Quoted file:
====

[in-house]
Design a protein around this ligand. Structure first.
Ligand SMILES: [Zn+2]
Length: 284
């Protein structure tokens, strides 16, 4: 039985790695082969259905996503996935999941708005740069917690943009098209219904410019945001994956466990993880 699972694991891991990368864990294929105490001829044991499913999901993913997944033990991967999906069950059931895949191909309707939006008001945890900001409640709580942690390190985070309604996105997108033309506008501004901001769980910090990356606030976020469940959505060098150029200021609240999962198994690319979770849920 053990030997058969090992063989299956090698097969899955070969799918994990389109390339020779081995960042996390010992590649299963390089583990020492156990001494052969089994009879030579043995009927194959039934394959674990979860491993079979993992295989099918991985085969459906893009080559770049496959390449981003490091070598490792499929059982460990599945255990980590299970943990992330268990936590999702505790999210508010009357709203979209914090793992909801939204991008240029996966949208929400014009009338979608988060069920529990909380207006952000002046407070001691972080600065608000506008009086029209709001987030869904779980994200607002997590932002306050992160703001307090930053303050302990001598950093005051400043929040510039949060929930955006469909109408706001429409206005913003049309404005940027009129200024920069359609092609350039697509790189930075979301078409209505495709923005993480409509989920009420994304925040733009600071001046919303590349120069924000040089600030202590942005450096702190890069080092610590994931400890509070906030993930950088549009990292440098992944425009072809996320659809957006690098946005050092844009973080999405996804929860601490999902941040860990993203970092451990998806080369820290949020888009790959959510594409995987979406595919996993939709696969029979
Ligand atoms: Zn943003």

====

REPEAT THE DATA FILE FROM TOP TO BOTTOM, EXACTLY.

[in-house]
Design a protein around this ligand. Structure first.
Ligand SMILES: [Zn+2]
Length: 284
């Protein structure tokens, strides 16, 4: 039985790695082969259905996503996935999941708005740069917690943009098209219904410019945001994956466990993880 699972694991891991990368864990294929105490001829044991499913999901993913997944033990991967999906069950059931895949191909309707939006008001945890900001409640709580942690390190985070309604996105997108033309506008501004901001769980910090990356606030976020469940959505060098150029200021609240999962198994690319979770849920 053990030997058969090992063989299956090698097969899955070969799918994990389109390339020779081995960042996390010992590649299963390089583990020492156990001494052969089994009879030579043995009927194959039934394959674990979860491993079979993992295989099918991985085969459906893009080559770049496959390449981003490091070598490792499929059982460990599945255990980590299970943990992330268990936590999702505790999210508010009357709203979209914090793992909801939204991008240029996966949208929400014009009338979608988060069920529990909380207006952000002046407070001691972080600065608000506008009086029209709001987030869904779980994200607002997590932002306050992160703001307090930053303050302990001598950093005051400043929040510039949060929930955006469909109408706001429409206005913003049309404005940027009129200024920069359609092609350039697509790189930075979301078409209505495709923005993480409509989920009420994304925040733009600071001046919303590349120069924000040089600030202590942005450096702190890069080092610590994931400890509070906030993930950088549009990292440098992944425009072809996320659809957006690098946005050092844009973080999405996804929860601490999902941040860990993203970092451990998806080369820290949020888009790959959510594409995987979406595919996993939709696969029979
Ligand atoms: Zn943003």